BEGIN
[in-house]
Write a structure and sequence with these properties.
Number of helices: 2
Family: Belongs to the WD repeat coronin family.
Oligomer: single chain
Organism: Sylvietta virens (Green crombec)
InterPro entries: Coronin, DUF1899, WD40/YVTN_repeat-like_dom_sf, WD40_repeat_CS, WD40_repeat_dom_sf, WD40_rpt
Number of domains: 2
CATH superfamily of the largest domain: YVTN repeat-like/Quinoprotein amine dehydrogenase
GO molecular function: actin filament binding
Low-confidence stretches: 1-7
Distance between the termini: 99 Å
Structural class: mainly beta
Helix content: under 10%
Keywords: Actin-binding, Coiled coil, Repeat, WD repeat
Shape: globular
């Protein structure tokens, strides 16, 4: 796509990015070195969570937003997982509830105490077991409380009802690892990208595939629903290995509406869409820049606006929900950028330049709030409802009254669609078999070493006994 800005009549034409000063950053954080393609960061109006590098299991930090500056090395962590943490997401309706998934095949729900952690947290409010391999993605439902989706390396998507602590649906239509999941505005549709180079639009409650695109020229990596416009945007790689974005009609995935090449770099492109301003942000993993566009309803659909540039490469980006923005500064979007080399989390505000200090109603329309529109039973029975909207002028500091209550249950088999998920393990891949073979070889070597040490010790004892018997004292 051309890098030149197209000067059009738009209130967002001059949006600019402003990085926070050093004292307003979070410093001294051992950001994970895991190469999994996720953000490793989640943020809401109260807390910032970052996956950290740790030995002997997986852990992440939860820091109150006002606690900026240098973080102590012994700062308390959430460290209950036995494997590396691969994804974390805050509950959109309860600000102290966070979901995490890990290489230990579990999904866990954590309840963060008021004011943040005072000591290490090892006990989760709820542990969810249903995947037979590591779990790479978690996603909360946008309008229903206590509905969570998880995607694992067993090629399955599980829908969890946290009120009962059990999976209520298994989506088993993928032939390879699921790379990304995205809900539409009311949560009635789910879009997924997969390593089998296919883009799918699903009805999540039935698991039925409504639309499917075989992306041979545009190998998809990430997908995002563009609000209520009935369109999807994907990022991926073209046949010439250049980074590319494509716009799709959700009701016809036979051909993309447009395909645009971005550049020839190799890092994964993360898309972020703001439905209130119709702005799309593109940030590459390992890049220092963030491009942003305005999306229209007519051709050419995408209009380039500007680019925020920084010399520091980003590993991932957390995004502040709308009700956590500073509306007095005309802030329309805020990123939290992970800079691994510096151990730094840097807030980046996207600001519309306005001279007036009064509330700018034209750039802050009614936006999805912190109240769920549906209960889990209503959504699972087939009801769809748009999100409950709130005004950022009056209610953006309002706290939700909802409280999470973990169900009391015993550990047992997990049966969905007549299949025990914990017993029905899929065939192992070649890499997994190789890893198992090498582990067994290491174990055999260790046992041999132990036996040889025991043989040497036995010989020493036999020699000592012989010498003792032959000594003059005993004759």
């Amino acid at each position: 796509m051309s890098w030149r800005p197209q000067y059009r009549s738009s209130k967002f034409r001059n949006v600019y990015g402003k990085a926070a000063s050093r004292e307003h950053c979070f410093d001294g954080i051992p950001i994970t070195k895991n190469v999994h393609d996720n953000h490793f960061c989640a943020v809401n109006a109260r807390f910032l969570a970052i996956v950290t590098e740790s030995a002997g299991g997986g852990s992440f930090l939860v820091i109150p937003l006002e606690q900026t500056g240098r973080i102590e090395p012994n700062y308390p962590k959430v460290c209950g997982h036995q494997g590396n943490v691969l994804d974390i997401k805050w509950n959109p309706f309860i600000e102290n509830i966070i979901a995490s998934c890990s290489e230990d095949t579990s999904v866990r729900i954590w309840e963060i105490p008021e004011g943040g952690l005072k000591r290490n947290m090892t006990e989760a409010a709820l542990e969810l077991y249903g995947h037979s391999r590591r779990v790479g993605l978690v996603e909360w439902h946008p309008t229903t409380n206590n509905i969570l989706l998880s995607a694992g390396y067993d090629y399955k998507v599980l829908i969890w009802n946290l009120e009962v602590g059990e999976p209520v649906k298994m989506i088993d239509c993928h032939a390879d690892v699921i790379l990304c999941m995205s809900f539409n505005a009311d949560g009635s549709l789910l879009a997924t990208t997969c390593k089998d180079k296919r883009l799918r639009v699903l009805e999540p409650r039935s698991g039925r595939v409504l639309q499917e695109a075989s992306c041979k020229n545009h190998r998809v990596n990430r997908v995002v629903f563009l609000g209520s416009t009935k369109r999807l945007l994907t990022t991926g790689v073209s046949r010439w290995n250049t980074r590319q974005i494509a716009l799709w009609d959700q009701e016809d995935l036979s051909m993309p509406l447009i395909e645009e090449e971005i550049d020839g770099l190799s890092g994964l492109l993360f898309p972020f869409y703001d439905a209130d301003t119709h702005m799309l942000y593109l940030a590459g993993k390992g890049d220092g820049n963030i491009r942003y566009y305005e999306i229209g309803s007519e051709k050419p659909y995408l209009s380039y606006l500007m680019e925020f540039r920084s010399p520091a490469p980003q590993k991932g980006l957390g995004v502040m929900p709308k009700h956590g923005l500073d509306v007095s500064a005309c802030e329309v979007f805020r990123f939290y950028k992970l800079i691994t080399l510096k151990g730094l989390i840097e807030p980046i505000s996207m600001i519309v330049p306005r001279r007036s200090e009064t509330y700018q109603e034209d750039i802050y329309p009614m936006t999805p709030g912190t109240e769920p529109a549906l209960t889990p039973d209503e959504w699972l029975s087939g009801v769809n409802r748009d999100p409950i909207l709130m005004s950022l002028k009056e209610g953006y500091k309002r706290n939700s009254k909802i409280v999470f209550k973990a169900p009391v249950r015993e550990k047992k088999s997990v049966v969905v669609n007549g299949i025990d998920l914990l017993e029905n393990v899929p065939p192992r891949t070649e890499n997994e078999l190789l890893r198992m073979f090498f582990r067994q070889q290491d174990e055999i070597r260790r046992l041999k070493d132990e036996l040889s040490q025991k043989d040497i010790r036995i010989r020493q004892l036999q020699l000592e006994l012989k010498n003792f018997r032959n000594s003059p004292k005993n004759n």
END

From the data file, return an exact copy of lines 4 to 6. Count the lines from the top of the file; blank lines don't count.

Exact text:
Family: Belongs to the WD repeat coronin family.
Oligomer: single chain
Organism: Sylvietta virens (Green crombec)